Window display in Westfield Centre store. Adrian Peterson (number 28) is the star running back for the Minnesota Vikings.

Window display in Westfield Centre store. Adrian Peterson (number 28) is the star running back for the Minnesota Vikings. That’s Troy Polamalu (number 43) for the Pittsburgh Steelers tackling him in the background.

Front entrance to the store in Westfield Centre just around the corner from our hotel. Big Ben Roethlisberger wears number 7 for the Pittsburgh Steelers.

Front entrance to the store in Westfield Centre just around the corner from our hotel. Big Ben Roethlisberger wears number 7 for the Pittsburgh Steelers. Christian Ponder is his counterpart for the Minnesota Vikings. Ponder was hurt and didn’t play in the London game. He was replaced by the back-up quarterback, Matt Cassel. The Vikings have recently hired Josh Freeman, formerly the quarterback for the Tampa Bay Buccaneers, to be their first-string quarterback. The future in Minnesota looks pretty bleak for Ponder.

The folks in London got to see a good game with a lot of scoring but Big Ben and his Steelers lost their fourth straight game, 34 to 27. Roethlisberger threw for 383 yards and a TD but also fumbled once, thew an interception and got sacked five times. Peterson, in the meanwhile, ran for 140 yards and scored two touchdowns. The Steelers didn’t give up, though, and they finally won a game this season when they clobbered the New York Jets on October 13th, 19 to 6.

The San Francisco 49ers (my team) and the Jacksonville Jaguars will be playing at Wembley on Sunday, October 27th and the pre-game celebrations will be staged at Trafalgar Square instead of Regent Street. And next year the NFL will come back to London three times: Jacksonville, Atlanta and Oakland will be the host teams. The NFL is trying hard to convince Londoners that they need their own NFL team and they may succeed. After all, American toys (Walt Disney products), Hollywood movies, American soda pop (e.g. Coca Cola) and American fast food (McDonald’s, Burger King, KFC) are now encountered all over the world.  So why not American football? Well, it has been my observation on our travels that the rest of the world prefers what we call soccer to our version of football. But we’ll keep an eye on NFL happenings in London over the next few years.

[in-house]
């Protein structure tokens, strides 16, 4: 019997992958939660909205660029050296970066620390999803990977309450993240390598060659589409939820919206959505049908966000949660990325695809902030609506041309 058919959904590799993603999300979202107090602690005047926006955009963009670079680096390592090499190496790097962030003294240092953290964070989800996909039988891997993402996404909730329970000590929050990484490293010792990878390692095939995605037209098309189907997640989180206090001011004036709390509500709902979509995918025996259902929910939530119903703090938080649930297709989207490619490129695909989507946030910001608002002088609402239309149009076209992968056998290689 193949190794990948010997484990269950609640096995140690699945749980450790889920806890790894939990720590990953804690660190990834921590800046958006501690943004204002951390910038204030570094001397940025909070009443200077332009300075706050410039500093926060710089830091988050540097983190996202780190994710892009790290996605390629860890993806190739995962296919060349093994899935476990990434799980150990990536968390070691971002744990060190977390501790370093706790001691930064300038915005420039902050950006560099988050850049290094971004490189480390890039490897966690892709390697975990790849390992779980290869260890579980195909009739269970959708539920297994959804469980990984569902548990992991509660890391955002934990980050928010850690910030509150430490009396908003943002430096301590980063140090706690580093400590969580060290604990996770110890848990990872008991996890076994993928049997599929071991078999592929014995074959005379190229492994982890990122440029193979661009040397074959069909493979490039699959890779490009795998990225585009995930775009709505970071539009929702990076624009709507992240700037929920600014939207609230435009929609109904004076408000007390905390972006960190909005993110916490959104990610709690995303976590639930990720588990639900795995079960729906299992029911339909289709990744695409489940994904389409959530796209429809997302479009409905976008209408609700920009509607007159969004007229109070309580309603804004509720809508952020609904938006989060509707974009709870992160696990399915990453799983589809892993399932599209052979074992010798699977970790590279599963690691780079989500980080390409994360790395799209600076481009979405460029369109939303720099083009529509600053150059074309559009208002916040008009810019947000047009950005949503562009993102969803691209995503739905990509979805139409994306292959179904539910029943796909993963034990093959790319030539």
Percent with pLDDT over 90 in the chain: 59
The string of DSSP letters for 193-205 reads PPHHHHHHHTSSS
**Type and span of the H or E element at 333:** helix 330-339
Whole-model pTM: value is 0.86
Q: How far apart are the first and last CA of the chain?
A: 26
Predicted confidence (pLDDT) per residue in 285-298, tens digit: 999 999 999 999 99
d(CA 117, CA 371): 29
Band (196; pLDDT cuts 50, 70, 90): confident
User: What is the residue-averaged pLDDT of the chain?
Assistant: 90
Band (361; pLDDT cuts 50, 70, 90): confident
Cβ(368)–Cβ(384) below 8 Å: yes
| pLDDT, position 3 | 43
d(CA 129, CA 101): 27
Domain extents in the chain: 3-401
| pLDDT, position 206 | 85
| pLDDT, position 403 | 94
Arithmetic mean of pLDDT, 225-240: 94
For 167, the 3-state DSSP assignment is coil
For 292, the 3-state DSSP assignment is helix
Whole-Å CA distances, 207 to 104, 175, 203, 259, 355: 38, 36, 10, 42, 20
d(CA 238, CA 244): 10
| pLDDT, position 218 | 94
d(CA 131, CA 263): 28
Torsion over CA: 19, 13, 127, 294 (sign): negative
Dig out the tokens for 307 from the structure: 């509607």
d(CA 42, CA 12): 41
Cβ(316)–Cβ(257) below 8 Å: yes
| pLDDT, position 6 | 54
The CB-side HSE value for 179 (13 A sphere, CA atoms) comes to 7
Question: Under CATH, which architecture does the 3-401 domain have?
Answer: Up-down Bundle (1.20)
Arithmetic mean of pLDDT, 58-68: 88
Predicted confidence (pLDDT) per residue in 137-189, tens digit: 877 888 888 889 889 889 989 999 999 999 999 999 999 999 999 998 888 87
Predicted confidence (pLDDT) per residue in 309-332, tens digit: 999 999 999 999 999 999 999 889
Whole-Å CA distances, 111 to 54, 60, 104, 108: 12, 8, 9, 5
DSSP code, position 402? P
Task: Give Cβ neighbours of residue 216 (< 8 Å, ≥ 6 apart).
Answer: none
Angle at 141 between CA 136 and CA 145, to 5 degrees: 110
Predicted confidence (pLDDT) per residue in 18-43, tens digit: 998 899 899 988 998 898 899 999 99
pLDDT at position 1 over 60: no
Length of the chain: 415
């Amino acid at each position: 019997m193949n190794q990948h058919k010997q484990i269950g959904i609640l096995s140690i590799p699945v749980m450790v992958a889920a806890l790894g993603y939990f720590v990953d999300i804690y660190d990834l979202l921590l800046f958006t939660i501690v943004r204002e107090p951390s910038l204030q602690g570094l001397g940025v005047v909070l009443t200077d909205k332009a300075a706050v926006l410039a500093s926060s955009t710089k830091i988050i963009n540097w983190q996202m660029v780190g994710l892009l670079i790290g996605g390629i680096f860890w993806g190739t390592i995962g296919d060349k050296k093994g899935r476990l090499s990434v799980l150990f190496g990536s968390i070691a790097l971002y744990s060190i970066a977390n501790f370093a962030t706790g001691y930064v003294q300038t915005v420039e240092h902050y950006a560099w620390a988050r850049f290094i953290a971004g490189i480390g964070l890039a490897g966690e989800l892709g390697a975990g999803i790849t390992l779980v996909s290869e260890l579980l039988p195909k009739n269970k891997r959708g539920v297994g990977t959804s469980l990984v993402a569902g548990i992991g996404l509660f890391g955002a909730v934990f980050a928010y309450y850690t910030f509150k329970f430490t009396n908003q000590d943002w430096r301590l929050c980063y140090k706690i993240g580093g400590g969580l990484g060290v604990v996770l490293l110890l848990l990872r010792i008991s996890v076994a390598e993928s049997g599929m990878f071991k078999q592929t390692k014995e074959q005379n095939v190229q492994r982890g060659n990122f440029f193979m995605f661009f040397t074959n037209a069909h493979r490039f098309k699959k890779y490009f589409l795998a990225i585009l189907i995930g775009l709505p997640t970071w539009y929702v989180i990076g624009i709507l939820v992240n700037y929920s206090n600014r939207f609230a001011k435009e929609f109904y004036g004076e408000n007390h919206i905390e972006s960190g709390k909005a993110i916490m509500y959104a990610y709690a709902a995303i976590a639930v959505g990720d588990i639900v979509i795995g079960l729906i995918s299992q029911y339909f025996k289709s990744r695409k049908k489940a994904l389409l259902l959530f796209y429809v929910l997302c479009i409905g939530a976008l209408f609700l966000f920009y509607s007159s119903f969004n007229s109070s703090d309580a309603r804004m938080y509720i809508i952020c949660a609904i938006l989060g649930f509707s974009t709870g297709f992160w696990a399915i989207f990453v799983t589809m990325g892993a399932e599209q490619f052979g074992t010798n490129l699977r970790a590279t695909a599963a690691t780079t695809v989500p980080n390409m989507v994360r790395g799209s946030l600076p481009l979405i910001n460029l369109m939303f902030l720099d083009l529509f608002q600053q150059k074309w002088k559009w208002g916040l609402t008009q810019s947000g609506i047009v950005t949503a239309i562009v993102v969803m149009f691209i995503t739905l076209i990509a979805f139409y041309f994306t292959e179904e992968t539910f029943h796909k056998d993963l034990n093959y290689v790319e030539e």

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About crowcanyonjournal

I am a family man with interests in family history, photography, history and travel.
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3 Responses to London 2013: The Other Big Ben

  1. mvschulze says:

    Thanks for the update on American Football in London. Who would ever guess! -:) M

  2. gpcox says:

    I never would have guessed that American football would be popular in ANY European country. Who knew?

  3. Pingback: London 2013: Our West End Walk | Crow Canyon Journal